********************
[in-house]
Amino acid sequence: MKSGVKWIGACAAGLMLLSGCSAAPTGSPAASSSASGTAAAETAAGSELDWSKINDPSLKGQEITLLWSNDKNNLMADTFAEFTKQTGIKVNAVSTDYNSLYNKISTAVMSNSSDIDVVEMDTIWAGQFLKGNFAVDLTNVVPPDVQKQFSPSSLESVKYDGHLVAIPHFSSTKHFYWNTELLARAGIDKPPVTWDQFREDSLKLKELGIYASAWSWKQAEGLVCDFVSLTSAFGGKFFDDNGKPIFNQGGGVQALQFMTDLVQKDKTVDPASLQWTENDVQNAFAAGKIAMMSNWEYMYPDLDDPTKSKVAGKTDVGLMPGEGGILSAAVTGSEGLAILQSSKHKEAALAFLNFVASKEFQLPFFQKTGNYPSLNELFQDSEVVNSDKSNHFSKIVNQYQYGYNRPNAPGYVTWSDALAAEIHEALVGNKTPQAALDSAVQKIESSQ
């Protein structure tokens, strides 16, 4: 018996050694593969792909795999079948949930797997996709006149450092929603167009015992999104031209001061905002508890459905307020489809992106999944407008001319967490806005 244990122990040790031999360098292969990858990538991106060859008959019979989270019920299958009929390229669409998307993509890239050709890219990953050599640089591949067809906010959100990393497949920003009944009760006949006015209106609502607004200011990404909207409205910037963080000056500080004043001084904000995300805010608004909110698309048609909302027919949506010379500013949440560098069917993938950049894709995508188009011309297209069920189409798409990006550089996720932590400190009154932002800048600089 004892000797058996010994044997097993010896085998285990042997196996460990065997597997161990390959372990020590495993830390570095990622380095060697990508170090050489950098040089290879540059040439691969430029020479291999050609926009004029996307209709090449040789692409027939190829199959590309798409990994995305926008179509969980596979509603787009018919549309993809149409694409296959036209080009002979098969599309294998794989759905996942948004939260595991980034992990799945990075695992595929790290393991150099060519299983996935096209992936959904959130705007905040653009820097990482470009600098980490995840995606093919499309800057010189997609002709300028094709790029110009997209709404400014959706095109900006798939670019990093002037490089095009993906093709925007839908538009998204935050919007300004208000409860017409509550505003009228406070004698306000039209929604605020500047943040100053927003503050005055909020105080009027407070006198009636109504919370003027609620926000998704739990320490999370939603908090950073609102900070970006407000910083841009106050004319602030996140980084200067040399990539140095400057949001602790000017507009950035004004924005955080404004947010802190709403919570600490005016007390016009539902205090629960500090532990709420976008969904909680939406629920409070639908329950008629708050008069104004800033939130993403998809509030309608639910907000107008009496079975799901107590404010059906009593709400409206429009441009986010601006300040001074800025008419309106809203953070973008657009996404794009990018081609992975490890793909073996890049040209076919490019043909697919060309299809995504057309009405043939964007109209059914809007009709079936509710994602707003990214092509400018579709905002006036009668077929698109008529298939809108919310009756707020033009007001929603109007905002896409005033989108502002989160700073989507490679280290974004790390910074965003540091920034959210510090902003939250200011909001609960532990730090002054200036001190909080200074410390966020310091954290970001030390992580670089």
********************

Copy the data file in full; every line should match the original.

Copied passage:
[in-house]
Amino acid sequence: MKSGVKWIGACAAGLMLLSGCSAAPTGSPAASSSASGTAAAETAAGSELDWSKINDPSLKGQEITLLWSNDKNNLMADTFAEFTKQTGIKVNAVSTDYNSLYNKISTAVMSNSSDIDVVEMDTIWAGQFLKGNFAVDLTNVVPPDVQKQFSPSSLESVKYDGHLVAIPHFSSTKHFYWNTELLARAGIDKPPVTWDQFREDSLKLKELGIYASAWSWKQAEGLVCDFVSLTSAFGGKFFDDNGKPIFNQGGGVQALQFMTDLVQKDKTVDPASLQWTENDVQNAFAAGKIAMMSNWEYMYPDLDDPTKSKVAGKTDVGLMPGEGGILSAAVTGSEGLAILQSSKHKEAALAFLNFVASKEFQLPFFQKTGNYPSLNELFQDSEVVNSDKSNHFSKIVNQYQYGYNRPNAPGYVTWSDALAAEIHEALVGNKTPQAALDSAVQKIESSQ
């Protein structure tokens, strides 16, 4: 018996050694593969792909795999079948949930797997996709006149450092929603167009015992999104031209001061905002508890459905307020489809992106999944407008001319967490806005 244990122990040790031999360098292969990858990538991106060859008959019979989270019920299958009929390229669409998307993509890239050709890219990953050599640089591949067809906010959100990393497949920003009944009760006949006015209106609502607004200011990404909207409205910037963080000056500080004043001084904000995300805010608004909110698309048609909302027919949506010379500013949440560098069917993938950049894709995508188009011309297209069920189409798409990006550089996720932590400190009154932002800048600089 004892000797058996010994044997097993010896085998285990042997196996460990065997597997161990390959372990020590495993830390570095990622380095060697990508170090050489950098040089290879540059040439691969430029020479291999050609926009004029996307209709090449040789692409027939190829199959590309798409990994995305926008179509969980596979509603787009018919549309993809149409694409296959036209080009002979098969599309294998794989759905996942948004939260595991980034992990799945990075695992595929790290393991150099060519299983996935096209992936959904959130705007905040653009820097990482470009600098980490995840995606093919499309800057010189997609002709300028094709790029110009997209709404400014959706095109900006798939670019990093002037490089095009993906093709925007839908538009998204935050919007300004208000409860017409509550505003009228406070004698306000039209929604605020500047943040100053927003503050005055909020105080009027407070006198009636109504919370003027609620926000998704739990320490999370939603908090950073609102900070970006407000910083841009106050004319602030996140980084200067040399990539140095400057949001602790000017507009950035004004924005955080404004947010802190709403919570600490005016007390016009539902205090629960500090532990709420976008969904909680939406629920409070639908329950008629708050008069104004800033939130993403998809509030309608639910907000107008009496079975799901107590404010059906009593709400409206429009441009986010601006300040001074800025008419309106809203953070973008657009996404794009990018081609992975490890793909073996890049040209076919490019043909697919060309299809995504057309009405043939964007109209059914809007009709079936509710994602707003990214092509400018579709905002006036009668077929698109008529298939809108919310009756707020033009007001929603109007905002896409005033989108502002989160700073989507490679280290974004790390910074965003540091920034959210510090902003939250200011909001609960532990730090002054200036001190909080200074410390966020310091954290970001030390992580670089």